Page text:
NY-3: Cox Backs Dec. 6 General Election

State Republican Chairman Ed Cox on Tuesday backed the call from GOP congressional candidate Jack Martins to hold the district’s general election on Dec. 6 as a primary looms in October.

The official reason in court filings from the Martins campaign has to do with complying with the federal MOVE Act, which requires timely access to absentee ballots for military and overseas voters.

Martins, who opposes the October primary won in a legal challenge by Philip Pidot, has argued that if the primary should go forward, the general election for the House seat should be moved back to December.

And Cox, who has focused on battleground congressional races like Long Island’s third district, agreed.

“Holding the general election in New York’s 3rd congressional district on November 8th will deprive men and women serving in our Military abroad the right to vote in this important election,” Cox said. “I join in the call to move the election to December 6th so that our Military members who will be forced to vote by absentee ballot can exercise their fundamental right to participate in the democracy they are overseas fighting to protect.”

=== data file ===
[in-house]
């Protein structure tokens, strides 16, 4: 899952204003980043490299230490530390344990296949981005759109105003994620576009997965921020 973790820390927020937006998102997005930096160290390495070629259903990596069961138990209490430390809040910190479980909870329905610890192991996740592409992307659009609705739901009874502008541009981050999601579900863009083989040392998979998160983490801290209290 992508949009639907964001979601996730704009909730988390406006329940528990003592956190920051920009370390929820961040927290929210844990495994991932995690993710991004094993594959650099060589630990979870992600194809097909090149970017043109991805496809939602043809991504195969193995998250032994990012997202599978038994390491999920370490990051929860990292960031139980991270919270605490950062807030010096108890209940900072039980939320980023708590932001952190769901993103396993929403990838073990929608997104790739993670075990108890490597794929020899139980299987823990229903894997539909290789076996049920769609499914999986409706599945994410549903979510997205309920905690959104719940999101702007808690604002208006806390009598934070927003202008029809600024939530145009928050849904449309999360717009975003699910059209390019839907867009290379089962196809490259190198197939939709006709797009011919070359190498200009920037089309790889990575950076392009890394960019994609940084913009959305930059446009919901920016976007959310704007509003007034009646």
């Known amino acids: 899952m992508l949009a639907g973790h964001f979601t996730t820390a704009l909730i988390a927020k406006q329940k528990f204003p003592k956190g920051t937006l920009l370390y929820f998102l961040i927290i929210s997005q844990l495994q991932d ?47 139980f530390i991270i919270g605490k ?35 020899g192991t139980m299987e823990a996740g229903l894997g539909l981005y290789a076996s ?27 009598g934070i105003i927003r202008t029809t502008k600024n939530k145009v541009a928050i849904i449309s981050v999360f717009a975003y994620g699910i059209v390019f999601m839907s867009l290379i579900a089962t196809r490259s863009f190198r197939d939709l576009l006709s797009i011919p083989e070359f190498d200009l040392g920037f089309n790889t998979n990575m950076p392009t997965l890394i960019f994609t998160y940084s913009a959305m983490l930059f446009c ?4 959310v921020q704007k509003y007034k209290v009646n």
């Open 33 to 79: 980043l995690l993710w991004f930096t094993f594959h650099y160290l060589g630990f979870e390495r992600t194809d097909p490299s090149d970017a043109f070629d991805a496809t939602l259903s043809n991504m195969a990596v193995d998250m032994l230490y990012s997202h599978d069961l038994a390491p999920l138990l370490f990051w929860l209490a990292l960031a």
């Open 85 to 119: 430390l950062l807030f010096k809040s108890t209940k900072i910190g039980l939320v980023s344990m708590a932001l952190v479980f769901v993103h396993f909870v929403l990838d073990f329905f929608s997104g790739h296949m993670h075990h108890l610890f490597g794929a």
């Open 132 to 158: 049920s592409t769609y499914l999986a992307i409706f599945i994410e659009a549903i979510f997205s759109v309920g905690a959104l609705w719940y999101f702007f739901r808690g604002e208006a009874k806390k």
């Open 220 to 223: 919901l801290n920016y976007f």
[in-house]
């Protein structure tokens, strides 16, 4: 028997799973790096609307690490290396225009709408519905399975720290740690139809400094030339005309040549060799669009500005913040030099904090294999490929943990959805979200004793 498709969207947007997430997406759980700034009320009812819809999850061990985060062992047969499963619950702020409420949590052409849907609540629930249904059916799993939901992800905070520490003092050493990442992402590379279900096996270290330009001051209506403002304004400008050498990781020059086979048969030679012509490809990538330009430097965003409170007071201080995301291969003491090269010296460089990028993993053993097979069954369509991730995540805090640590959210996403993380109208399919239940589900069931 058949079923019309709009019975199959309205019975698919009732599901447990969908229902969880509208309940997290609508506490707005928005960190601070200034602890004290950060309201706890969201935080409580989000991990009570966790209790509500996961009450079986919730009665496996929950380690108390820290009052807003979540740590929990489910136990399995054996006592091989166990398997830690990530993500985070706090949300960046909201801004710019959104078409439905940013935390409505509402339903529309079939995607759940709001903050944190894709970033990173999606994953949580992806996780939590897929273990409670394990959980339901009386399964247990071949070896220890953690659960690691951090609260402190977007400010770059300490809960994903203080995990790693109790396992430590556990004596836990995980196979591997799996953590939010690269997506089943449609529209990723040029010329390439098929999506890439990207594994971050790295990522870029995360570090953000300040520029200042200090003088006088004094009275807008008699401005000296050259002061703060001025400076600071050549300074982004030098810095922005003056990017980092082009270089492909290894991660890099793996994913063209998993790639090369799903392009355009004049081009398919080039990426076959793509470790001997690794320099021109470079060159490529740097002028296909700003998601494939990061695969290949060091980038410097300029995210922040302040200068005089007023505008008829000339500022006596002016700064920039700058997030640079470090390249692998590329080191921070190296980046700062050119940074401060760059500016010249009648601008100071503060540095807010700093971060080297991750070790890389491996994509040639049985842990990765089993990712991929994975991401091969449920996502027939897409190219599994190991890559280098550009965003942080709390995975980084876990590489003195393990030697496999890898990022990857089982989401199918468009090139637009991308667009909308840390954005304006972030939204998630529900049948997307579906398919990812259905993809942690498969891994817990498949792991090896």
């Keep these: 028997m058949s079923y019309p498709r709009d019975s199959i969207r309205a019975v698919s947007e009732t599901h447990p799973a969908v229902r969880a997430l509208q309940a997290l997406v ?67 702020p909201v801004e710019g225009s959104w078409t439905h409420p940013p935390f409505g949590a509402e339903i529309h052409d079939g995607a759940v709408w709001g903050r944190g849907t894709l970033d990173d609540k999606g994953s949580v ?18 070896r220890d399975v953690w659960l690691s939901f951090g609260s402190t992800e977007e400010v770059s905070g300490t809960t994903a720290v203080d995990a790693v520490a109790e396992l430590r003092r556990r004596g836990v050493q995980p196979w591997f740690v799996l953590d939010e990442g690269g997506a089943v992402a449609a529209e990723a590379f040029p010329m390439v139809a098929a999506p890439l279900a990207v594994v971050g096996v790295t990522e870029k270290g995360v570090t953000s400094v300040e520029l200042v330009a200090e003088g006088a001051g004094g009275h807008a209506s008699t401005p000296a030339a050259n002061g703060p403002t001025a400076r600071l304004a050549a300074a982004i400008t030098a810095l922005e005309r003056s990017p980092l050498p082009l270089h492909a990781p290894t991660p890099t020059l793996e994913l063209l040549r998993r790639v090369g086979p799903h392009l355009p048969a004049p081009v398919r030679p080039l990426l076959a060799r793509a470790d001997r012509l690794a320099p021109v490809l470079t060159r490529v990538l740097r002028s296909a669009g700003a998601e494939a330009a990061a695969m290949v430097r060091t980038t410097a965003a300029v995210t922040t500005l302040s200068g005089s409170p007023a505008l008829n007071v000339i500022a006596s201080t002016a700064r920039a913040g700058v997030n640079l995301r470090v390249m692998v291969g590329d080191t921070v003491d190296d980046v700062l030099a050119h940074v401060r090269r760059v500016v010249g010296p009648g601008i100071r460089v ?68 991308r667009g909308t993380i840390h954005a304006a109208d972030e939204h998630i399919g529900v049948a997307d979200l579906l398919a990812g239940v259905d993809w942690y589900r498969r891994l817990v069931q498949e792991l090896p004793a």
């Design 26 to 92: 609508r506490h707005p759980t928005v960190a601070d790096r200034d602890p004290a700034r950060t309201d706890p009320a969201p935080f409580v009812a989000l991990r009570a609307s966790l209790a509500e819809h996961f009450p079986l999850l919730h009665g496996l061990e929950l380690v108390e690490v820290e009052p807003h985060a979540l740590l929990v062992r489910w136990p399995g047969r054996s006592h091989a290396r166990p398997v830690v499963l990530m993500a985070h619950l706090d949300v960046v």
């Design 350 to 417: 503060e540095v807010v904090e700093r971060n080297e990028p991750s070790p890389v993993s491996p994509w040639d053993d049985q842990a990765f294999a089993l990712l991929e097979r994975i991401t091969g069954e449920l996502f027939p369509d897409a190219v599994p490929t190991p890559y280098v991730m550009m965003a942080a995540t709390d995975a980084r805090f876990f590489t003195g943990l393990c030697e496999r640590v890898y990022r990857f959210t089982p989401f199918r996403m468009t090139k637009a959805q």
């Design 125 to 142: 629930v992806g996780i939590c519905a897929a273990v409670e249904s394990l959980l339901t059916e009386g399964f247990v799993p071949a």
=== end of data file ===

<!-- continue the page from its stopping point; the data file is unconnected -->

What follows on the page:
Holding the general election in December also takes the Donald Trump factor out of the race. Trump, the Republican presidential nominee, is deeply unpopular in the district.

Whoever the Republican nominee ultimately is will end up facing Democrat Tom Suozzi in the general election in the race to replace Democratic Rep. Steve Israel who is retiring.

Report Knocks Billionaire Ties In Legislative Races

From the Morning Memo:

A report being released on Tuesday is sounding the alarm over the myriad independent expenditure groups that are seeking to play a role in legislative races for both the Assembly and Senate this year.